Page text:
13. "My shame is continually before me; and the confusion of my face has covered me" (ver. 15). "For the voice of him that reproacheth and blasphemeth" (ver. 16): that is to say, from the voice of them that insult over me, and who make it a charge against me that I worship Thee, that I confess Thee! and who make it a charge against me that I bear that name by which all charges against me shall be blotted out. "For the voice of him that reproacheth and blasphemeth," that is, of him that speaketh against me. "By reason of the enemy and the persecutor." And what is the "understanding" conveyed here? Those things which are told us of the time past, will not be done in our case: those which are hoped for, as to be hereafter, are not as yet manifest. Those which are past, as the leading out of Thy people with great glory from Egypt; its deliverance from its persecutors; the guiding of it through the nations, the placing of it in the kingdom, whence the nations had been expelled. What are those to be hereafter? The leading of the people out of this Egypt of the world, when Christ, our "leader" shall appear in His glory: the placing of the Saints at His right hand; of the wicked at His left; the condemnation of the wicked with the devil to eternal punishment; the receiving of a kingdom from Christ with the Saints to last for ever. These are the things that are yet to be: the former are what are past. In the interval, what is to be our lot? Tribulations! "Why so?" That it may be seen with respect to the soul that worships God, to what extent it worships God; that it may be seen whether it worships Him "freely" from whom it received salvation "freely." ...What hast thou given unto God? Thou wert wicked, and thou wert redeemed! What hast thou given unto God? What is there that thou hast not "received" from Him "freely"? With reason is it named "grace," because it is bestowed (gratis, i.e.) freely. What is required of thee then is this, "that thou too shouldest worship "Him freely;" not because He gives thee things temporal, but because He holds out to thee things eternal. ...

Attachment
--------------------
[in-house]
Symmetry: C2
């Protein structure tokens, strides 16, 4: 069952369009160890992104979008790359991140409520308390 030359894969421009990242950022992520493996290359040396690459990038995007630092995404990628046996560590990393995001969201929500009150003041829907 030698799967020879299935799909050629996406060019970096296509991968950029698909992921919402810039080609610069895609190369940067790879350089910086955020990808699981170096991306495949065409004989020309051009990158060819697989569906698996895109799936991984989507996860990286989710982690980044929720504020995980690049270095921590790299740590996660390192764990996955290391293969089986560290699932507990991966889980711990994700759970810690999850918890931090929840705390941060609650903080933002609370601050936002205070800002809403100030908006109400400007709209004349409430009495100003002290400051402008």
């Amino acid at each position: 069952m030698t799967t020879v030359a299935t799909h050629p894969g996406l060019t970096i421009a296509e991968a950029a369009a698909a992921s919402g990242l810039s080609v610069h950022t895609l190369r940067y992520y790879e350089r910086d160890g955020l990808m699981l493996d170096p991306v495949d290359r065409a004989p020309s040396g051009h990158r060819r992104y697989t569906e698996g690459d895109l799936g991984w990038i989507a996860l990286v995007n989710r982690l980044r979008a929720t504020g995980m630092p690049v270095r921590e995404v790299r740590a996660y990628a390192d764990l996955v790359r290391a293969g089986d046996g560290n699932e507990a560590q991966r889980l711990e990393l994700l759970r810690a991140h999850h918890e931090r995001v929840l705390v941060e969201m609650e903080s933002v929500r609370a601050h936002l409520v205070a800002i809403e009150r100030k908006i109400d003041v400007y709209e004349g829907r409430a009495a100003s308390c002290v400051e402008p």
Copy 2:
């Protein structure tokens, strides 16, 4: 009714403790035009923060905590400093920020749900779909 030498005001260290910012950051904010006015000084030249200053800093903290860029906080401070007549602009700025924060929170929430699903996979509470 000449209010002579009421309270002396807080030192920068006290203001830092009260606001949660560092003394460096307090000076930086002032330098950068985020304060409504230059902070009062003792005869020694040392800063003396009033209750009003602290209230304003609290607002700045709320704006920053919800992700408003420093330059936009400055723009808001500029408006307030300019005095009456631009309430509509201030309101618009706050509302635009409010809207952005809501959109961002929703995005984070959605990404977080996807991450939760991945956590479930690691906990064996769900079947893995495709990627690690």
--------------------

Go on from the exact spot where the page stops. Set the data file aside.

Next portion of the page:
14. "All this is come upon us; yet have we not forgotten Thee" (ver. 17). What is meant by, "have not forgotten Thee"? "Neither have we behaved ourselves frowardly in Thy covenant."
"Our heart has not turned back; and Thou hast turned aside our goings out of Thy way" (ver. 18). See here is "understanding," in that "our heart has not gone back;" that we have not "forgotten Thee, have not behaved frowardly in Thy covenant;" placed as we are in great tribulations, and persecutions of the Gentiles. "Thou hast turned aside our goings out of Thy way." Our "goings" were in the pleasures of the world; our "goings" were in the midst of temporal prosperities. Thou hast taken "our goings out of Thy way;" and hast shown us how "strait and narrow is the way that leadeth unto life." What is meant by, "hast turned aside our goings out of Thy way"? It is as if He said, "Ye are placed in the midst of tribulation; ye are suffering many things; ye have already lost many things that ye loved in this life: but I have not abandoned you on the way, the narrow way that I am teaching you. Ye were seeking "broad ways." What do I tell you? This is the way we go to everlasting life; by the way ye wish to walk, ye are going to death. How "broad and wide is the road that leads to destruction: and" how "many there be that find it! How strait and narrow the way that leadeth unto life, and" how "few there be" that walk therein! Who are the few? They who patiently endure tribulations, patiently endure temptations; who in all these troubles do not "fall away:" who do not rejoice in the word "for a season" only; and in the time of tribulation fade away, as on the sun's arising; but who have the "root" of "love," according to what we have lately heard read in the Gospel. ...